Is there any good way to do it.
The short answer is nope. No there isn’t. Not at all. There really isn’t.
But the long answer is, you can try your very best, but at the end of the day, sometimes there is just no way to get around hurting somebody else. I’m not talking about hurting somebody physically, or hurting somebody’s feelings—that can almost always be avoided if you make an effort to remain conscious, respectful, and sensitive to the needs of others as you approach your own life and behaviour.
What I’m talking about, is the kind of hurt that comes from wanting something different from somebody you care about. Those intangible, non-qualitative types of hurt. The ones that you can’t touch or see. The hurt that comes from not reciprocating feelings that somebody else may feel towards you, or vice versa. Hurt that comes from not being able to give somebody what they want, even though you desperately want to, because you would have to abandon a piece of yourself in the process.
It’s no cliché that we tend to hurt the ones we love most. And it makes sense, because those we love most are the only ones we care about deeply enough to be honest with, even when how we feel isn’t pretty or ideal.
Life sometimes comes down to a simple, devastating fact, that you can try your absolute best, and you may still hurt somebody terribly. I’ve been through some types of hurt I felt I had no control over, and have definitely also caused many moments of hurt in others. Both types tend to knock me to the ground and debilitate me for a long time in ways I am still learning to navigate and overcome all the time. But both types are part of life, and both grudgingly continue to help me and those around me grow, no matter how heart wrenching it all feels at the time.
There are three things that usually help me get through tough times of hurt and when I feel I’ve been betrayed, unappreciated, brushed aside, taken advantage of, and just as much when someone is hurt as a result of something I have done or how I feel.
1. First I try to remind myself of the cold truth that nobody actually makes you feel anything.
This is an important one, even though it sounds heartless at first. It’s a double edged sword, because as convenient as it may be when we’re the ones who have hurt somebody else, it’s a lot harder to understand when we feel we’re the ones who have been wronged. We are truly in control and responsible for only our own emotions and decision in life, as much as we sometimes want to blame others for making us feel the way we do. Once you abandon this notion that someone has “done” something to you, it frees you, and allows you to begin moving forward. That’s when you can focus on healing in the right way, thinking about your own health, rather than focussing on the issues another person clearly has with themselves. I try to accept ownership of my own thoughts and emotions, and I think about how I can move forward with them.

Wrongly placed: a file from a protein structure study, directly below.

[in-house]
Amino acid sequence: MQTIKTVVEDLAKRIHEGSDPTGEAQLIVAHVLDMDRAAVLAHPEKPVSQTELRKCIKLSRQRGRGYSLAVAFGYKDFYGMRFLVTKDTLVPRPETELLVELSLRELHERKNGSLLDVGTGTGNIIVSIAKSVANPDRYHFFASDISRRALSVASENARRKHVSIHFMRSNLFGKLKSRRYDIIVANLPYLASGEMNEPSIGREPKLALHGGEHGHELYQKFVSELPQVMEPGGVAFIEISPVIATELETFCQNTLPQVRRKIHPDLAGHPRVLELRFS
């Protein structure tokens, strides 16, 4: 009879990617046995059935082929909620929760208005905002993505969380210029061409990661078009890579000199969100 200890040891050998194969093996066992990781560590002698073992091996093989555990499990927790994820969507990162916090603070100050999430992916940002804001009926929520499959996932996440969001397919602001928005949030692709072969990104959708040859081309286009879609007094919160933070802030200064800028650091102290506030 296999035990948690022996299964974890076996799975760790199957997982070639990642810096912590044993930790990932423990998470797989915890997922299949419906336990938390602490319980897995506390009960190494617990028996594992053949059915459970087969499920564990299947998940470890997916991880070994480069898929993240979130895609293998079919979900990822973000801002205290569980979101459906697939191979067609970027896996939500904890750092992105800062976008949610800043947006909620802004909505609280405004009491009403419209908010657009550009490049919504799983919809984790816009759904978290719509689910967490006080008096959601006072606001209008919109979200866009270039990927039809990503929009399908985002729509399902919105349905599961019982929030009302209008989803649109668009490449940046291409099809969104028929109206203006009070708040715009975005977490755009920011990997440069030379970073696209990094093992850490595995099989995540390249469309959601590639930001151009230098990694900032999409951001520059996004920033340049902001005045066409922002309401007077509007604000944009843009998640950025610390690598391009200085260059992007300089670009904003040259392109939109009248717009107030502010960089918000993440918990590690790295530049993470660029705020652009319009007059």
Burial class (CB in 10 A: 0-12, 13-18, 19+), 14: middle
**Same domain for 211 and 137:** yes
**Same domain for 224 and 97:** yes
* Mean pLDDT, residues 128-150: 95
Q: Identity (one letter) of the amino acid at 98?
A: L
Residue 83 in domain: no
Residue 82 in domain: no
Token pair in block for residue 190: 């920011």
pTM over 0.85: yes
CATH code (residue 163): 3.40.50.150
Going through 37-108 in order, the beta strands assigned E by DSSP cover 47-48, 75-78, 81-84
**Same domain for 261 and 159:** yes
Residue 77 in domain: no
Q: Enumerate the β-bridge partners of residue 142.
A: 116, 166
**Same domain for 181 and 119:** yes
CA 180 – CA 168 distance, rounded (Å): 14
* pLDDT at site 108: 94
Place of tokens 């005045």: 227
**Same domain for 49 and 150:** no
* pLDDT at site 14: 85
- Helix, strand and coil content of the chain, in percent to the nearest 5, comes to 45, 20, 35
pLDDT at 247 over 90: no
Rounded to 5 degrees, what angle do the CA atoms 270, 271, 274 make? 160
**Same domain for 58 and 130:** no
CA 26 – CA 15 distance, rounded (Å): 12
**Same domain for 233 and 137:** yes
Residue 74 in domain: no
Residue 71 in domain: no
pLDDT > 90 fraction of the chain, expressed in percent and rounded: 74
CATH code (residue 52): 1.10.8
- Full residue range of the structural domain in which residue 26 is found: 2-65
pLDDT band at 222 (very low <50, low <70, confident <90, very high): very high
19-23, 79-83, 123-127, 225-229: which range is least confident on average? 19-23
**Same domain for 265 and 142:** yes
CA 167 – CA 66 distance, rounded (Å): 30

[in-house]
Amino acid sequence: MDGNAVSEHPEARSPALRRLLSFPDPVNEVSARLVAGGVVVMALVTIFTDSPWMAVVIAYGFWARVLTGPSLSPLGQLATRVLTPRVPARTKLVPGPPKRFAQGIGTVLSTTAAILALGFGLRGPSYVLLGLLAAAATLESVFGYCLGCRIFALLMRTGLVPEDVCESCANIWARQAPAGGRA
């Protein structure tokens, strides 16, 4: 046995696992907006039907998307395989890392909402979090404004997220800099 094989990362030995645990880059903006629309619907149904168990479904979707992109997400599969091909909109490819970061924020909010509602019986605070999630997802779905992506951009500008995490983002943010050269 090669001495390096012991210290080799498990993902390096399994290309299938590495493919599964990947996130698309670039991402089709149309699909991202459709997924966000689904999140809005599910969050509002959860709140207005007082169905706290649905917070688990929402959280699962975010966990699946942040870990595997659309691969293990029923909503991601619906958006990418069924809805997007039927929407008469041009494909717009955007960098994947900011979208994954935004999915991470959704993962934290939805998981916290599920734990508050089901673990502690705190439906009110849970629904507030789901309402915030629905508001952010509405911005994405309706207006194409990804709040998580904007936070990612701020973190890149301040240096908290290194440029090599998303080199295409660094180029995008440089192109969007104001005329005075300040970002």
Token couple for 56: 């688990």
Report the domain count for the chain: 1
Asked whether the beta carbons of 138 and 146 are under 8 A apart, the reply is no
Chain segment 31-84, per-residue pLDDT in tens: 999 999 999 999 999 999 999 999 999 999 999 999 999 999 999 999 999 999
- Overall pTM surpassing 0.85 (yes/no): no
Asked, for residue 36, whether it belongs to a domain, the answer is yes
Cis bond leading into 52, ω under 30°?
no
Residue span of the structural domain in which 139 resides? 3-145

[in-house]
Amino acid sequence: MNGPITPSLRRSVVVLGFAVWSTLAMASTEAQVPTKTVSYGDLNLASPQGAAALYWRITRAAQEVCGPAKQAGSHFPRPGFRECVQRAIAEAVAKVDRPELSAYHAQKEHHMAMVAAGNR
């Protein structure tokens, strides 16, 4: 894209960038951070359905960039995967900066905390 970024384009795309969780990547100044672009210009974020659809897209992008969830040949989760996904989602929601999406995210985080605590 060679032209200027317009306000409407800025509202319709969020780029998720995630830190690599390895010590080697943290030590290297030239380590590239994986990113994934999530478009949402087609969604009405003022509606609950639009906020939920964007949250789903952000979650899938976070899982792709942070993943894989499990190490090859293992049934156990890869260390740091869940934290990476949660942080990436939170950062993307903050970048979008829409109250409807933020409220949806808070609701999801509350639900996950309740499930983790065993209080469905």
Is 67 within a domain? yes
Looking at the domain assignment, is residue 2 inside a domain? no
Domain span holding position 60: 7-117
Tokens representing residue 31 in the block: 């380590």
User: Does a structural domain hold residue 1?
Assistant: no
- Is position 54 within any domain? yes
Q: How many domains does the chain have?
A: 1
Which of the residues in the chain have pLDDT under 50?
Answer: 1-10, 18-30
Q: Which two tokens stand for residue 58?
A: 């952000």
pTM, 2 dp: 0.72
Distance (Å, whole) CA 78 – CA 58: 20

2. Everyone has a different subjective truth, and version of how they feel things are and happen.
Therefore, hurt is always valid and legitimate, but can’t often actually be objectively justified. As I’ve written before in my article I Thought I Met The One At 22 , feelings, and hurt, more specifically, are always legitimate, simply because they exist in somebody’s reality. But, as difficult as it is, and no matter how you try to empathize, it doesn’t always mean that there is something you can do about it to help, and it doesn’t necessarily mean you’re at fault for making them feel that way*. This also means that when someone has hurt you, being angry and lashing out at them isn’t constructive or fair. They are in a different place from you, and they are behaving in a way they believe to be the right choice for them, regardless of whether or not you feel it is misguided or wrong. Being honest with yourself and true to what you believe at the time, is always a better route to take in the end, even if it isn’t completely what someone else wished for you, or from you.
And this next one is the most important of all, above everything else, and I try to remind myself of this one all the time. Especially, when I am the one who has been hurt.
3. We’re all just trying to do the best we can.
Sometimes you’re going to hurt someone. And you’re going to get roughed up by lots of people in your own life as well. People who didn’t mean to, people who regretted it after they saw your pain; even some people who will completely change their lives as a result of experiencing how deeply their actions affected you. We’re all on our own path towards something that feels it makes sense for who we are and what we want from our lives, and we are all at different levels of growth. It is so so important to allow others their time to mature, evolve, and learn about themselves and how to navigate life in the truest and most positive way they can.
It’s okay to be lost, it’s okay to be confused, it’s ok not to know what you want. Try not to use people, try not to manipulate, try not to judge, and try to be patient—with yourself, and with others. Above everything else, try and be kind, and try to do the very very best you can.
If you do, you’ll know you did everything that you possibly could.
And you will stay in tact.
* I want to emphasize that I am in no way condoning acts of hatred or disrespect towards others. This article is purely about how feelings and decisions will naturally differ and change in people across all types of relationships and friendships, and that we can’t and shouldn’t be too hard on ourselves or others for those facts.
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